Seth Rogen is perhaps the least likely leading man to come down the pike since Dustin Hoffman. Much like Hoffman in Midnight Cowboy, just three years after his star began to seriously rise, Rogen chose to take on a leading role which casts him in an entirely unlikable, but surprisingly captivating, light with his new film, Observe and Report.

Rogen’s Ratzo Rizzo is Ronnie Barnhardt, the bipolar head of security at the Forest Ridge Mall who dreams of one day wielding the power, and firearm, of a bona fide police officer. When his mall is defiled by a flagrant flasher, Ronnie spies his opportunity to achieve the greatness he’s always craved.

Directed by Jody Hill, whose debut film, The Foot Fist Way, won a small but devoted cult following and sparked major industry interest, the film vacillates between broad comedy – thanks to Michael Peña’s Jheri-curled, lisping performance as a fellow security guard and Anna Faris as the mall’s makeup counter vamp – to psychologically profile a man out for vigilante justice.

Some are calling it “Travis Bickle: Mall Cop,” but the film’s director and stars say it was the chance to make what Faris calls “an unapologetic comedy.”

“It seems like a lot of movies are just really safe these days,” Hill explains. “I set out to make a dangerous character piece like some of the ’70s films. [Sam] Peckinpah and Scorsese used to make these pieces that flowed, and you weren’t sure where they were going to go. They didn’t have to answer to the studio and likeability factors, and these made up things Hollywood falls for.”

Following test screenings of the film, Internet rumors ran rampant that the studio would never allow the film to be seen in its current form, which is vulgar and aggressively in-your-face … exactly how the film arrives in theaters.

“[Those bloggers] weren’t privy to the conversations we had before making the movie where we said, ‘We’re making a crazy fucking movie, don’t be surprised when it turns out fucking crazy,’” Rogen laughs.

Rogen also says he’s shocked that the film is being seen as anything other than a comedy since the cast and crew had such an uproarious experience on set.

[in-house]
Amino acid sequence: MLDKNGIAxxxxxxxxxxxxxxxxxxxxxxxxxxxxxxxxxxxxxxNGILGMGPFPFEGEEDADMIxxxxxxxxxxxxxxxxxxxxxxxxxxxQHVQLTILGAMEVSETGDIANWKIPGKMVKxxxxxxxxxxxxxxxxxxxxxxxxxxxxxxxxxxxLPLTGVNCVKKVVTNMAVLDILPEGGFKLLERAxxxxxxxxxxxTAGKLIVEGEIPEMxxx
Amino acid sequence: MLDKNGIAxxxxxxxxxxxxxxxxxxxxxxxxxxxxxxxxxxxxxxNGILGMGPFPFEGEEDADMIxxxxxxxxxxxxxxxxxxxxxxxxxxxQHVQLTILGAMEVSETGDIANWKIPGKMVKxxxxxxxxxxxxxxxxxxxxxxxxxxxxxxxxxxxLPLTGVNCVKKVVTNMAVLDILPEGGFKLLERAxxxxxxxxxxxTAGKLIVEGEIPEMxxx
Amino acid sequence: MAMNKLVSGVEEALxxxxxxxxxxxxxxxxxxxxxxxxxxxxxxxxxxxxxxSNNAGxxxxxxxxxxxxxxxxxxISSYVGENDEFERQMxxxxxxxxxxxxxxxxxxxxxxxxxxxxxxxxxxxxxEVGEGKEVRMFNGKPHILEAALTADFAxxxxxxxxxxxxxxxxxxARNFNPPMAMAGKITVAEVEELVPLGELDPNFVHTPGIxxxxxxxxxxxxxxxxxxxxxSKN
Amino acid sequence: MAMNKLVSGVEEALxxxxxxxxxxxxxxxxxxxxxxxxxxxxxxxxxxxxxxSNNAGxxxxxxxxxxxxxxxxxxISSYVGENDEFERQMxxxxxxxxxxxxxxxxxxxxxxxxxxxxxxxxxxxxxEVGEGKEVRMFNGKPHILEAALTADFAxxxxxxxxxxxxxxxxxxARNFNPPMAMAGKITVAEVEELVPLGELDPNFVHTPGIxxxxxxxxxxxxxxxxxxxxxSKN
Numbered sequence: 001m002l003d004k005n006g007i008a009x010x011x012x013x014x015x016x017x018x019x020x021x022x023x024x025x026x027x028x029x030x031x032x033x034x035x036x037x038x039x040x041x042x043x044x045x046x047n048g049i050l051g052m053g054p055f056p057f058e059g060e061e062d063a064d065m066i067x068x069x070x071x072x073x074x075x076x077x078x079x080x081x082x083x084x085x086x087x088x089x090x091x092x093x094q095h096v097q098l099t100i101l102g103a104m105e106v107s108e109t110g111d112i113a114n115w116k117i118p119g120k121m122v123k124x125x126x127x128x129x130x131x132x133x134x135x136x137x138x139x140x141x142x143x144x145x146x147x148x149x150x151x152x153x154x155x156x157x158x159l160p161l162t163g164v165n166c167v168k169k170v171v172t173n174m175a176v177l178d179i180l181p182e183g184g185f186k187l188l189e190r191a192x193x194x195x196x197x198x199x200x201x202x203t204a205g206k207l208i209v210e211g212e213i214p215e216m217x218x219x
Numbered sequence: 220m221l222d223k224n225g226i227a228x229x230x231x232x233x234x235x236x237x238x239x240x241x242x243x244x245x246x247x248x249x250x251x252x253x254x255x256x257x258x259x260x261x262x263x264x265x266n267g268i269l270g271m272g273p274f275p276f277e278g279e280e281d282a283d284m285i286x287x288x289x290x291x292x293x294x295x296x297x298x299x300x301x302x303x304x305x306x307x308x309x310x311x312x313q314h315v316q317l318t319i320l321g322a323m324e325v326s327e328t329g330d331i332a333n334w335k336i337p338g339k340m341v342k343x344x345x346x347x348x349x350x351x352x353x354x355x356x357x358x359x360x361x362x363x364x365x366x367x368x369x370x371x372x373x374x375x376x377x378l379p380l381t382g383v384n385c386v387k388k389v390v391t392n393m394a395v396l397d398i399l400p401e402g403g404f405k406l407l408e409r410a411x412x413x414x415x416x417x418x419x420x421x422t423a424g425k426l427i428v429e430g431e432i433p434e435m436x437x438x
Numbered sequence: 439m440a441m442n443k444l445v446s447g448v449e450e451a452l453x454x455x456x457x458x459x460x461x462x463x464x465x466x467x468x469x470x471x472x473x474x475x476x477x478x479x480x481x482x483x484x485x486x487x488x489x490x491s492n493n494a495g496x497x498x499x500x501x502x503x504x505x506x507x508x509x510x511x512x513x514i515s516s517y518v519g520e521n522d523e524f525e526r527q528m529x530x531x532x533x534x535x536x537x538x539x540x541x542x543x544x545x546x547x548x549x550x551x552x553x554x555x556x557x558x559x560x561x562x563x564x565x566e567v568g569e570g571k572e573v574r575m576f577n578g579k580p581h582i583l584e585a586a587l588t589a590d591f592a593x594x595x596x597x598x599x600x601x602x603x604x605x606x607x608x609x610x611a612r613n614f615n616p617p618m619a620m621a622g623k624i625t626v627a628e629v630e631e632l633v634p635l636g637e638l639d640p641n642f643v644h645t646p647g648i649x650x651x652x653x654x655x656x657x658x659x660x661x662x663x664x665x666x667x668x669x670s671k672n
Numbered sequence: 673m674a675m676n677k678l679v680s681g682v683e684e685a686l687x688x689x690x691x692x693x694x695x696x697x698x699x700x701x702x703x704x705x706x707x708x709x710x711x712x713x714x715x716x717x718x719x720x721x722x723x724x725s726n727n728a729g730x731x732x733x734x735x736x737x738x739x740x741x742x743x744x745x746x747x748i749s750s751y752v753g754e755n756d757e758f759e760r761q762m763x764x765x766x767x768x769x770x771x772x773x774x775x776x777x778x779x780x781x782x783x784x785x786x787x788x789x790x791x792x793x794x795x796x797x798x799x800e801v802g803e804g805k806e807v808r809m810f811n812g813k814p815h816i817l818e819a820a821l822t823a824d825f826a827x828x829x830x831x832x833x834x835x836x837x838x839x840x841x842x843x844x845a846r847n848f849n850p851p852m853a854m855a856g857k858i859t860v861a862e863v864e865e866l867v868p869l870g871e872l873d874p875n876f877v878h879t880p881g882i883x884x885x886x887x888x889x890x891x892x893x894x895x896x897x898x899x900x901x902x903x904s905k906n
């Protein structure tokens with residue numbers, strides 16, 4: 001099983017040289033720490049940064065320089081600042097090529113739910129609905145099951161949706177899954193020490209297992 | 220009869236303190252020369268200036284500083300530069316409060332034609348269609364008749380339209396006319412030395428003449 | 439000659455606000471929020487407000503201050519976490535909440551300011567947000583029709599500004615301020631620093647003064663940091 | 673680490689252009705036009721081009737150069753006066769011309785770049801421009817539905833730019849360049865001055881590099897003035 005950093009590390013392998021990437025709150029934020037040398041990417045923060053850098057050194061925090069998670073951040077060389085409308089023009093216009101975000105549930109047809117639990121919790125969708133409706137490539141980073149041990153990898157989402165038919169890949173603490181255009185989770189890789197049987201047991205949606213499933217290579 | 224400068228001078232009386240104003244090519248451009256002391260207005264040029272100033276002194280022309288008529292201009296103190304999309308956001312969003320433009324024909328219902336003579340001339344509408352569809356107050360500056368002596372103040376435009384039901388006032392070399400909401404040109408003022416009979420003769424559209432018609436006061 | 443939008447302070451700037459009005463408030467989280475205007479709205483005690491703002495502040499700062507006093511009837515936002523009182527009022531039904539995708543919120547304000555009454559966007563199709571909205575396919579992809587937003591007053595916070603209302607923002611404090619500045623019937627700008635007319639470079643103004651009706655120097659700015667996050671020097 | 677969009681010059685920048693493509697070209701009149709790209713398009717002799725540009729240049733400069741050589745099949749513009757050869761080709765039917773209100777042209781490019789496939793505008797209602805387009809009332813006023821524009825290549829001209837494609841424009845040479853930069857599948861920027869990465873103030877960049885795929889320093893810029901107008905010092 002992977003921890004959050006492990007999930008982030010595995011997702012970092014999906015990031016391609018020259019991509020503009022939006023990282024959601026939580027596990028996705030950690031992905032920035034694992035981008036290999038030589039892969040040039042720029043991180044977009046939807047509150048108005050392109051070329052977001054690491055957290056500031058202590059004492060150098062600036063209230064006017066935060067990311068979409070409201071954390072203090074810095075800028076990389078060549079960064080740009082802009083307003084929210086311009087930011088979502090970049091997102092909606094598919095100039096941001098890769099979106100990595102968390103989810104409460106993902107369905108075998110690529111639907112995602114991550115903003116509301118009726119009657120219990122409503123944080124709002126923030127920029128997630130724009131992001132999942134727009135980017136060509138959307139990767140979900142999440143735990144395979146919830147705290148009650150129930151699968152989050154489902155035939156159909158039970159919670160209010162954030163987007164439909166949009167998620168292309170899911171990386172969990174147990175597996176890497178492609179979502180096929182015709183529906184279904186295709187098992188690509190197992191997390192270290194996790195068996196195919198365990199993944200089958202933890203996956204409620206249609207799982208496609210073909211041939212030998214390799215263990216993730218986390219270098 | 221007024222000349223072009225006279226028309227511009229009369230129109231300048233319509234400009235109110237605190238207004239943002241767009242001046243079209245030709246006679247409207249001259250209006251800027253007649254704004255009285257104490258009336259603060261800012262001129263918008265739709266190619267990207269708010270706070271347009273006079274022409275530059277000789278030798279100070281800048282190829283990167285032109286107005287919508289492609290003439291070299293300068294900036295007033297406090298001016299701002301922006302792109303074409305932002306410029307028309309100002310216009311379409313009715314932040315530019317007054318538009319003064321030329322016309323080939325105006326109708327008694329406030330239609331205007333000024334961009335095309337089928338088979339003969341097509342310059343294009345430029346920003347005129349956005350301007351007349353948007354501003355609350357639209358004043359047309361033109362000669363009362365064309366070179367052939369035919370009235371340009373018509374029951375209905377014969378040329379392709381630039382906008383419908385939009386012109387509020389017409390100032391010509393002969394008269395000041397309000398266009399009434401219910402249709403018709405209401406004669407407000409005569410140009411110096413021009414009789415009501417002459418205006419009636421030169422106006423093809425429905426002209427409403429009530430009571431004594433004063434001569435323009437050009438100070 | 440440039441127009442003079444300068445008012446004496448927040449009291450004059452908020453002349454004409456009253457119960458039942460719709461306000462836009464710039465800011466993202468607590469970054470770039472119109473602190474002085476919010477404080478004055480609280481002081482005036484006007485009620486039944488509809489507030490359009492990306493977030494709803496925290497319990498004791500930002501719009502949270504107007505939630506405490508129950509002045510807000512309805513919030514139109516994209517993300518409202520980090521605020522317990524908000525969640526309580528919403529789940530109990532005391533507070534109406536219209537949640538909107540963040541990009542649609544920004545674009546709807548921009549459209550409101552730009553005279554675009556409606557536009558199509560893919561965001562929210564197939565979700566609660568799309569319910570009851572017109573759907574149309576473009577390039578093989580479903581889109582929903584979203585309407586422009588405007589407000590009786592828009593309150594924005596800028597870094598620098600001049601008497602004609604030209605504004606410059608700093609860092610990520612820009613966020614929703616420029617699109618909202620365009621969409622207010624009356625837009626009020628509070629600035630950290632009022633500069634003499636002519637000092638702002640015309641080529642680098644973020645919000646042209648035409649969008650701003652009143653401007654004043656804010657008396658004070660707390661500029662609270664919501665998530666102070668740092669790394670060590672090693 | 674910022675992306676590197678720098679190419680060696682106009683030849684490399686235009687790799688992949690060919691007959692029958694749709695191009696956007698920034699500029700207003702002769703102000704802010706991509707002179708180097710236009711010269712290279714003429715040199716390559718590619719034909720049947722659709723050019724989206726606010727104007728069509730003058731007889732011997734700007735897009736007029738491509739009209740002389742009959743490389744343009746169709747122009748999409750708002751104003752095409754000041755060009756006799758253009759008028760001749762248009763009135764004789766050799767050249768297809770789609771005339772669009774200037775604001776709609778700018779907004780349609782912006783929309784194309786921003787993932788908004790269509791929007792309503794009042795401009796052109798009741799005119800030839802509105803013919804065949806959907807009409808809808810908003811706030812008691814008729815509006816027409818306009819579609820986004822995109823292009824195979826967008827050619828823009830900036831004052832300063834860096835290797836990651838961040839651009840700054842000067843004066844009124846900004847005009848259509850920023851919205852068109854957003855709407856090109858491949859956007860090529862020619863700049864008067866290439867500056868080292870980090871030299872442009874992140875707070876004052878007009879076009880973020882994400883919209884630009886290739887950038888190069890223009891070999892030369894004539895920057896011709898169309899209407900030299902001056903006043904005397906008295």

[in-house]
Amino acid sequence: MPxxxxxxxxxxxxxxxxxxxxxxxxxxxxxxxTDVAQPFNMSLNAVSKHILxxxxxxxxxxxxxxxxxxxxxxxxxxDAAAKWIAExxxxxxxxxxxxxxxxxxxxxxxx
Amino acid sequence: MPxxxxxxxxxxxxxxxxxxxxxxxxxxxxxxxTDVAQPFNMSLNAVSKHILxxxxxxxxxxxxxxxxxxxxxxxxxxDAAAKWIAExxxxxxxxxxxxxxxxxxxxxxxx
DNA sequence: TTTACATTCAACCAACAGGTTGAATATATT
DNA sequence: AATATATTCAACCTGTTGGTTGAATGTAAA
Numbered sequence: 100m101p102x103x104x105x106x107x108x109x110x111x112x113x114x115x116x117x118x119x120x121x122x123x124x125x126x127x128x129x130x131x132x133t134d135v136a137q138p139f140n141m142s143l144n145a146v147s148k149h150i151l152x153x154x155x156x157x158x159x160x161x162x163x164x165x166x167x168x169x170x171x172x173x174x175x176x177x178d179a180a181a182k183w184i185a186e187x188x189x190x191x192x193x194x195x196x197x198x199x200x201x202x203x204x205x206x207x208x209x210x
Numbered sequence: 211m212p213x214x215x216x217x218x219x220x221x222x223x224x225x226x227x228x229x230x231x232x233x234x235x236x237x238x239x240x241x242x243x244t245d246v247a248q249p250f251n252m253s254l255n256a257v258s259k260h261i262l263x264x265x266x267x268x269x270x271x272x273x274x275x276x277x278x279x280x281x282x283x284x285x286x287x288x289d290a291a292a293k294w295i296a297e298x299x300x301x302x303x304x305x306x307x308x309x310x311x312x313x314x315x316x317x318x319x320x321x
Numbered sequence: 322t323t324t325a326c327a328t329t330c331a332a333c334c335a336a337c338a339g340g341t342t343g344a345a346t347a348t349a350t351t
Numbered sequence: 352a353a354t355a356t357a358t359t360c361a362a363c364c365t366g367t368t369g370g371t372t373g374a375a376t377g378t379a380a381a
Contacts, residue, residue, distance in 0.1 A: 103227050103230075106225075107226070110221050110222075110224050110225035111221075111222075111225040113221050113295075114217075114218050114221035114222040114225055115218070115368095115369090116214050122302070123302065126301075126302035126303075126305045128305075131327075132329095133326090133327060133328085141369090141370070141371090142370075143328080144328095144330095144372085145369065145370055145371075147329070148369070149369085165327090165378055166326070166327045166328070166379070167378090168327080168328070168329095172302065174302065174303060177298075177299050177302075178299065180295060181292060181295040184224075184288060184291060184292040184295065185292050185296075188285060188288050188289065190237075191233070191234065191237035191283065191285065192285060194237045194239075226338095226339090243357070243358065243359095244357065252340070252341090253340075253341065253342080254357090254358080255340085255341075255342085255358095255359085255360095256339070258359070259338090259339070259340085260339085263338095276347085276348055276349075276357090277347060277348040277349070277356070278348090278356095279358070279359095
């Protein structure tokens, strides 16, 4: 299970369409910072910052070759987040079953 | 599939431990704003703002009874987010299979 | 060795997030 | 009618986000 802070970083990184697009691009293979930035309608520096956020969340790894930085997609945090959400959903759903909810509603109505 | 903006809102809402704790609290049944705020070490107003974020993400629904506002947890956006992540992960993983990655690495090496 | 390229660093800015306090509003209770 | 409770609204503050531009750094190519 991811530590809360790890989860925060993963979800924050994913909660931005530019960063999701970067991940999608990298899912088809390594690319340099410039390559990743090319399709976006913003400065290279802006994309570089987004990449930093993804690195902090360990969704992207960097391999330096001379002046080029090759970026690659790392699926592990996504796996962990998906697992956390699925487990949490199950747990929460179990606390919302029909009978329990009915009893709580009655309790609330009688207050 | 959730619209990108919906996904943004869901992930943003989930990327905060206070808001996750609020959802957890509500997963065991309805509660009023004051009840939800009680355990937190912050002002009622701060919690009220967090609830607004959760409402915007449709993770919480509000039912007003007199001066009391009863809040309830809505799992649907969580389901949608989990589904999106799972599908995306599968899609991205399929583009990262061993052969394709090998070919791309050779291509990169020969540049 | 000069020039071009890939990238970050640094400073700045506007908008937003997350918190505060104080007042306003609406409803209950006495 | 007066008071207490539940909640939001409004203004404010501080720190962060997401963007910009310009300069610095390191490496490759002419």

“As we were filming it, it did not feel like a dark serious role,” Rogen says. “The second they yelled cut, we were laughing, no matter how ‘dark’ it may seem on film.”

The secret weapon Rogen and Hill relied on was a personal connection with the material; as Rogen says, he only makes movies he’d want to see and “I haven’t seen Changeling,” and an underlying relatability. Sure, Ronnie is a belligerent, antagonistic bipolar rent-a-cop, but kernels of his personality are still recognizable to any audience member.

“I think you just need one small thing for people to relate to,” Rogen says. “For this one, he views himself one way, the world views him another, and he has a hard time dealing with that. I think that’s relatable.”

Faris was thrilled to be involved in a project that went so against what most audiences have come to expect from a studio film.

“Very rarely do you come across a character who’s so offensive and awful,” Faris grins. “It’s like taking a bite of a juicy apple … but naughty,” she giggles.

“As a woman, it’s great to not have to win over an audience. Jody wanted me, and all of us, to be as awful as we could. There’s a lot of freedom in that.”

And what happens if the audience doesn’t respond favorably to Hill’s world of caustic losers?

“Nobody saw my first film,” Hill chuckles “so how much worst can it get?”

Observe and Report releases in theaters April 10.